June 5, 2006

Nice was nice

6/5/06

JifferBrideDoorCabris1(bl).jpg

There are three types of weddings: yours, other people's, and a third kind that is sort of a spiritus mundi, a gathering of souls like-minded and cool enough to spin its own gossamer nets of sweetness. The marriage of Jiffer Bourguignon and Ingo Zamperoni was just such an event, and though traveling with a one-year-old is challenging (even with a kid as rampantly cool as Lucy), we are SO GLAD we did it.

First, a sidebar. I said it a few days ago, I'll say it again: the rudest people in France are Americans. The French themselves, straight down to the guy working at the Esso gas station at the airport, have been absolutely delightful to a man. This crap about impoliteness and "not being funny" and all that is the biggest bunch of post-Iraq-war-freedom-fries hoo-hah I've ever heard in my life. The French are not only nicer, but they dress better and their espresso is to die for. But I digress.

The wedding itself was held at an ancient church in Cabris, a little mountain town just north of Nice and Cannes. The planned details were perfect, but the weather was even better. Jiffer, as usual, was both radiant and Wisconsin proletariat, only this time in a smashing dress. And let's just say that Ingo is one of the few people, like Abraham Lincoln, that can pull off a top hat, even if he didn't. As a couple, they are cover-of-Land's-End-Catalog beautiful.

UNCCrowdCabris3(bl).jpg
I talk shit to Tessa, Lucy, Allison, Zia, Jiffer, Anna, Laura-Julie, Dee, Eva and Seth

You'll be glad to know the UNC contingency was well accounted-for, even if it was left to me to make the reception speech. I've got many Jiffer stories, most of them either surreal or R-rated, but mainly she was famous for stealing all of my food, especially my cherry Pop Tarts. I finally resorted to padlocking my kitchen cabinet. In my toast, I gave her the combination to the lock - ten years later - and told her she could steal my Pop Tarts anytime, which is true. I mean, I can afford them now.

Can't say enough about the people at the wedding without boring you all, but seeing all the Carolina people from my third generation (1994-1997) was amazing. Especially old housemate Zia, who was my roommate at the Pink House. She has blossomed into an amazing person, and hanging out with her and her husband Warren was more fun than I deserved; the second night I went to bed at 6am. God bless Tessa the next morning for taking care of the Li'l Pumpkin Pie.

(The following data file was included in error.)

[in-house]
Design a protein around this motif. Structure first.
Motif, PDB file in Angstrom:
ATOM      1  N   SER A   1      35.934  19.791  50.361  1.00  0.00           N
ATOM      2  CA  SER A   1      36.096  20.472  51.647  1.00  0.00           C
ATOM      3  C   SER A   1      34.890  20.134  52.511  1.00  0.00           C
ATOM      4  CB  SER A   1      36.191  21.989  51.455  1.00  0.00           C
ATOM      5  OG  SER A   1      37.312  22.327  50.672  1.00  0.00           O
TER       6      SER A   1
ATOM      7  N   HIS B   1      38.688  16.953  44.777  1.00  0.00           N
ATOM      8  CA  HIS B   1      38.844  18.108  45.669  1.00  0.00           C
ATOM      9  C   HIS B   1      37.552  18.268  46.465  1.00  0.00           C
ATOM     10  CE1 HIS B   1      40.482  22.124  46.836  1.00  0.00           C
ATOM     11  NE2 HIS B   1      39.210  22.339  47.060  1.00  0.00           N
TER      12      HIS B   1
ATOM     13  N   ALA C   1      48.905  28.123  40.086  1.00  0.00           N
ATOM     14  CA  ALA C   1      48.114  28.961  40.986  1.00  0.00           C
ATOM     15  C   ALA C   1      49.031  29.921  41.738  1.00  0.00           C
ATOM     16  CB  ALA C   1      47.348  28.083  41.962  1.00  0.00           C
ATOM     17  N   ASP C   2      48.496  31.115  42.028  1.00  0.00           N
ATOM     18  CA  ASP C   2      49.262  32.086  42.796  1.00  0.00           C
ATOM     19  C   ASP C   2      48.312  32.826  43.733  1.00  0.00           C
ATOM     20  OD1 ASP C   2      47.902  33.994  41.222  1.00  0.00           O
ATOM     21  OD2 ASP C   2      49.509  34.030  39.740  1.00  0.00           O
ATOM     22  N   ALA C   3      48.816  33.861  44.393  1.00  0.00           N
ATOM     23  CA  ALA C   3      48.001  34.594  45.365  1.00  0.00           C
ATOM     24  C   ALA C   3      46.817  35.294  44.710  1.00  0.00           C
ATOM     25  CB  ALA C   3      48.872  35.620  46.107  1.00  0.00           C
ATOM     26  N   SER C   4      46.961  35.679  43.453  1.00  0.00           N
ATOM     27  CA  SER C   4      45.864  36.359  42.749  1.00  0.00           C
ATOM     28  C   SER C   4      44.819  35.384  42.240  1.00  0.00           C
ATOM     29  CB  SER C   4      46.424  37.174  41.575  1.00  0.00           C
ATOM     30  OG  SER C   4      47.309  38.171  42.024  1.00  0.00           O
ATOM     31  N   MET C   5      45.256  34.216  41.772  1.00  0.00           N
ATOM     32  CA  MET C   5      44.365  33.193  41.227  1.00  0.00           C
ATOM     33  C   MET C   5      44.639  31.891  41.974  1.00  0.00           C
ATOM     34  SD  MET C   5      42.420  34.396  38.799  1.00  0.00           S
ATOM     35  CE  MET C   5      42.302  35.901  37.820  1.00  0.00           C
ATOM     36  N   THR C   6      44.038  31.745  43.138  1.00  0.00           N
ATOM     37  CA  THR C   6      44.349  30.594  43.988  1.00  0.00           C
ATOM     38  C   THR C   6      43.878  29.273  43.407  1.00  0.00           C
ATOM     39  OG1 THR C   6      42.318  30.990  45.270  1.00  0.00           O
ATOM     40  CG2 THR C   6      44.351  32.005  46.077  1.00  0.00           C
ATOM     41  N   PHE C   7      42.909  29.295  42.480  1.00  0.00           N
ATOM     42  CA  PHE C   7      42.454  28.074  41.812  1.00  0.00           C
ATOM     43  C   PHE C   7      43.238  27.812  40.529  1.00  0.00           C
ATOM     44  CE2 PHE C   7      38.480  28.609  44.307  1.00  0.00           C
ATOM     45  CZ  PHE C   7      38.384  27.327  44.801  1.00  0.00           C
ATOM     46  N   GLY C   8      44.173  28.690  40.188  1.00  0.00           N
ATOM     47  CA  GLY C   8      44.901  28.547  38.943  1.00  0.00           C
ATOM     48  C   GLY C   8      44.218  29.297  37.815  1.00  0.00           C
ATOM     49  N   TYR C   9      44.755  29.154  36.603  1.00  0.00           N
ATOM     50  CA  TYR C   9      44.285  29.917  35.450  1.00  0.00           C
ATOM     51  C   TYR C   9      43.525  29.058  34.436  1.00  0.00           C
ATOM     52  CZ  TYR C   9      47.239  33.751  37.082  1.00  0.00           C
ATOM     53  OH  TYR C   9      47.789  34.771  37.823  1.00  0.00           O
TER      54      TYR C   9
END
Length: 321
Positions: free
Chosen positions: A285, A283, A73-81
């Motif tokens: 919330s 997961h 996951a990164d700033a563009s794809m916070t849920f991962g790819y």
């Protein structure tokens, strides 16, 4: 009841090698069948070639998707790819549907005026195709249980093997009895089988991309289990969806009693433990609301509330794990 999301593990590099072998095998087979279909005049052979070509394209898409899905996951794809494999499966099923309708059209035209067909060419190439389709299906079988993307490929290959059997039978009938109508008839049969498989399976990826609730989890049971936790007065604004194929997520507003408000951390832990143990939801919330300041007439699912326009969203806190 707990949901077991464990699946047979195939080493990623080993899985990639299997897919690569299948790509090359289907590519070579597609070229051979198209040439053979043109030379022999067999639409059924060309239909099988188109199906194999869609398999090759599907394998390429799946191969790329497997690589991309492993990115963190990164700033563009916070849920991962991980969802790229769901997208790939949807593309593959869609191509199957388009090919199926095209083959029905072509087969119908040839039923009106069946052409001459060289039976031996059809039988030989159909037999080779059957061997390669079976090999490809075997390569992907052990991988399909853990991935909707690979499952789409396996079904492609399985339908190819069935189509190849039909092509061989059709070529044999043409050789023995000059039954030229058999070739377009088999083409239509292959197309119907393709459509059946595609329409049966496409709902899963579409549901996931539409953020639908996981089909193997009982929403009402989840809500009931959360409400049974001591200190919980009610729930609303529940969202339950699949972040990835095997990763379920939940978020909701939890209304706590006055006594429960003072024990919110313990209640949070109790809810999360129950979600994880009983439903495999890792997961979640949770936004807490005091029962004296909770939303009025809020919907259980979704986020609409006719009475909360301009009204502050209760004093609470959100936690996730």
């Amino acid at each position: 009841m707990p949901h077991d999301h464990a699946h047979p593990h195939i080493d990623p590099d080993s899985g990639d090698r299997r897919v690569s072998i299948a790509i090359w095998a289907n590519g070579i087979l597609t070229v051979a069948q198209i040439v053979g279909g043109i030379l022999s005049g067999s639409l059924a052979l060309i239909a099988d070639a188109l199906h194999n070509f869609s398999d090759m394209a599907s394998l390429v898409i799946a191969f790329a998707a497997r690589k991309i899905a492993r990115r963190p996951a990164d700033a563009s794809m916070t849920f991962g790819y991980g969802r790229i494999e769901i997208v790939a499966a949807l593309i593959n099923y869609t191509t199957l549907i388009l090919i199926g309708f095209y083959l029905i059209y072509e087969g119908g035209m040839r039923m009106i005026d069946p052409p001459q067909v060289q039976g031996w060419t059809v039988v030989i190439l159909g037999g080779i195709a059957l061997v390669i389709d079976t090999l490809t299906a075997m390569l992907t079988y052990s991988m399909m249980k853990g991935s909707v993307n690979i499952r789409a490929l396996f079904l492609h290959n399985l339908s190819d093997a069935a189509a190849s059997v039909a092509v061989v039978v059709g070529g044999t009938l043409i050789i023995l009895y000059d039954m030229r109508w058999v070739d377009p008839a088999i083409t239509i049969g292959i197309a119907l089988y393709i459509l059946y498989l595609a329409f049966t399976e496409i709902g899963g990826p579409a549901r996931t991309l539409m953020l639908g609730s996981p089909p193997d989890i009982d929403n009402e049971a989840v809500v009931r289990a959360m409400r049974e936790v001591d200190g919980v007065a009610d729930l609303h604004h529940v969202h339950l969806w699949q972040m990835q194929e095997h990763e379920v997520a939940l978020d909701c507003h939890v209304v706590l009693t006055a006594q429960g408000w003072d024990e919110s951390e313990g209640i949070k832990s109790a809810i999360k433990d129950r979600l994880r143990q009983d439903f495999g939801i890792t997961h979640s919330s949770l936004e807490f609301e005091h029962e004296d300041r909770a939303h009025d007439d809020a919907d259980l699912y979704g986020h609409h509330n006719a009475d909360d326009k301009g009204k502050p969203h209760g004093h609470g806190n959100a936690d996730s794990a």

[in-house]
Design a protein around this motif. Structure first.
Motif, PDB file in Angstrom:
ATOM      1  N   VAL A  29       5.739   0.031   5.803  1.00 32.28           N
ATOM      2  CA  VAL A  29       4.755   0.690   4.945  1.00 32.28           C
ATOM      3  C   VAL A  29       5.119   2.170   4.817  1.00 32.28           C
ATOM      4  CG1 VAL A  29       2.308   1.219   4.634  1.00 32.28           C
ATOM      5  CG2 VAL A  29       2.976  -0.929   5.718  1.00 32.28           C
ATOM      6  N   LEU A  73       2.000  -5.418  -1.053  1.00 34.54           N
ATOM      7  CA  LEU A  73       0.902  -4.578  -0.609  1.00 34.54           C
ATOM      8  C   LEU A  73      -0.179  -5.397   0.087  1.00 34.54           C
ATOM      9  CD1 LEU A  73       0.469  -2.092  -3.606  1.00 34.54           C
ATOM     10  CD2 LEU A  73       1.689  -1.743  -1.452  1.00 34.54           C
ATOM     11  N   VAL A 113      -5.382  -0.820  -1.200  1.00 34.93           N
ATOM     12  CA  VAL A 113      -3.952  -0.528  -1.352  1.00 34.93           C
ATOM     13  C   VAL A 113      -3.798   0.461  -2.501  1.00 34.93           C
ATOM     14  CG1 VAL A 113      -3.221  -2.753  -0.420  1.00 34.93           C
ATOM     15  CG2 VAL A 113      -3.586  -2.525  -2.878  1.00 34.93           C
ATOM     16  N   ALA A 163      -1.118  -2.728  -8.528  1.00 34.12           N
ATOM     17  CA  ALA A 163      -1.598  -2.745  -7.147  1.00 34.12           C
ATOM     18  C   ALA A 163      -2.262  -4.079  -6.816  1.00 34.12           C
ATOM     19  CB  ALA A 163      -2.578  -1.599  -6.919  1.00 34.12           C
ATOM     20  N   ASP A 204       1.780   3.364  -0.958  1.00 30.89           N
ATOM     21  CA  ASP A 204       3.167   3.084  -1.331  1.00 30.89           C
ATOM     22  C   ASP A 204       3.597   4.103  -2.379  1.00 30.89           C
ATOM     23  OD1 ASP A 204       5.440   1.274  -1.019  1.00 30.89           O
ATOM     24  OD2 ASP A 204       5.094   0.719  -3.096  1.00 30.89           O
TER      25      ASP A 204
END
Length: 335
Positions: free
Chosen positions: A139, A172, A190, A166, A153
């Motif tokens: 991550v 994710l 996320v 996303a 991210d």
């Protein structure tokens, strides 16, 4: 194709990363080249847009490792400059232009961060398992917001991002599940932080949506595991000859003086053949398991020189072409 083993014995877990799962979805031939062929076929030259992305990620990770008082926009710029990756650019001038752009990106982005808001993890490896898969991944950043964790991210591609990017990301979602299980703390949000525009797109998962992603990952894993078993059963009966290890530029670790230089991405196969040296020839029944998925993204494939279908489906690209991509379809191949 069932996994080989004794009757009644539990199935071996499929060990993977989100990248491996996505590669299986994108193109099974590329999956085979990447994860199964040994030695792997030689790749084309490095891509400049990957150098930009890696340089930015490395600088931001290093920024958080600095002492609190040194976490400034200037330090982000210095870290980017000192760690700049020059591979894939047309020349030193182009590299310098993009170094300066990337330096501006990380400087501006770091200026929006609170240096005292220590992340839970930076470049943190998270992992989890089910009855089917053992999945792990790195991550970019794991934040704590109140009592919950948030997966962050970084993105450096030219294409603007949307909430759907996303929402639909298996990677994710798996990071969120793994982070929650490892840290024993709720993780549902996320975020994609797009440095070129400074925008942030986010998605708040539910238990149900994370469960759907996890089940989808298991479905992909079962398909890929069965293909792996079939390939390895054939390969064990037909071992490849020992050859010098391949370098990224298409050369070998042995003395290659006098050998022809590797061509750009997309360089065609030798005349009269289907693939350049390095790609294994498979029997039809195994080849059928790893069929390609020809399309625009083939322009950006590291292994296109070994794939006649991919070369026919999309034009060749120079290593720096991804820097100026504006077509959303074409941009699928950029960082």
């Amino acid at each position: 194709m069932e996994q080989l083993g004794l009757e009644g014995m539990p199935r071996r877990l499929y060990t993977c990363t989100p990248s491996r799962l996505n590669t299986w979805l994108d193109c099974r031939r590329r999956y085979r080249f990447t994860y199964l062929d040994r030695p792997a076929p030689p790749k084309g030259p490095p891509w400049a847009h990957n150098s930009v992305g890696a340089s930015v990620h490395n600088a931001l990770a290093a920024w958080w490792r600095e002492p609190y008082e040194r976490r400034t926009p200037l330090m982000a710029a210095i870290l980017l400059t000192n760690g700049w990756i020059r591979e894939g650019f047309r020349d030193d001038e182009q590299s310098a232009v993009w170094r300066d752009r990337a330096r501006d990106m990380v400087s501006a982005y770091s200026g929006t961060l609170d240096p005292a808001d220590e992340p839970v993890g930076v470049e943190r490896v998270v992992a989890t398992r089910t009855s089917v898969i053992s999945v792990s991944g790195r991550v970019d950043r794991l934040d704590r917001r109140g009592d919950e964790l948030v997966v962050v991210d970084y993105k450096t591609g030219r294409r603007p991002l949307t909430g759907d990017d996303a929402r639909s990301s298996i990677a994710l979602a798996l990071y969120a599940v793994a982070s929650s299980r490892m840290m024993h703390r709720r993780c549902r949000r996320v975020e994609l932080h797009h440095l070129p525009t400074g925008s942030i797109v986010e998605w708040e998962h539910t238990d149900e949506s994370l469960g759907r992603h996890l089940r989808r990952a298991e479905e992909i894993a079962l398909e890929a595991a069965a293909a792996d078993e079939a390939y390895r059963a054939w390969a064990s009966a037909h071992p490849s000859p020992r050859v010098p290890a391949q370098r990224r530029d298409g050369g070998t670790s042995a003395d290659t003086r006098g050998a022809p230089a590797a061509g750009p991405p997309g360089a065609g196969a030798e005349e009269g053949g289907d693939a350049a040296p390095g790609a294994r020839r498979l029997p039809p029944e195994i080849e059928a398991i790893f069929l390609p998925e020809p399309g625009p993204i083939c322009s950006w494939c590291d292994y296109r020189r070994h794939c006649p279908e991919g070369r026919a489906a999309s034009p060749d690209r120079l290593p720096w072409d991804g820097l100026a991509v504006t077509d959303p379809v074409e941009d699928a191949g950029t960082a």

IanTessaLucyCMts4(bl).jpg

The reception was at a medieval castle (la Napoule) right on the Riviera, and it was resplendent, drunken fun. I made a key decision a month ago when renting our car - even though I'm a pill-popping leftist stooge, I chose a minivan SUV because I knew I'd be driving, want to come back to the hotel a little early, and that two or three people would want to come.

Turns out fifty or so wanted to. One of the buses hired for the event messed up, leaving a fourth of the wedding guests stranded at the castle until 6:30am the next morning. Not the case for me and the nine intrepid, infinitely contortionist souls who stuffed themselves in my car four hours earlier. We rock the mike, yo, and did it at 130 kilometers per hour.

If you put a thumbtack in a map of Cabris, France - and then drew lines to the point of origin of every guest, you would have a vast, unthinkable web extending to every forgotten country, every cranny, every proto-indo-european language in the world. Jiffer and Ingo's friends work in Sierra Leone, the South Sudan, Hamburg, India, New York, Green Bay and everywhere except Antarctica, doing humanitarian aid, tsunami rebuilding, TV reporting, parenting, artistry - it's a humbling crowd. That we all came from every nook in the globe to pay witness to their ceremony is one of the most telling, wonderful statistics they'll ever get. To paraphrase that awful bumper sticker from the '80s: those who die with the most friends wins!

JifferIngoDNapoule1(bl).jpg

Posted by Ian Williams at June 5, 2006 4:45 PM
Comments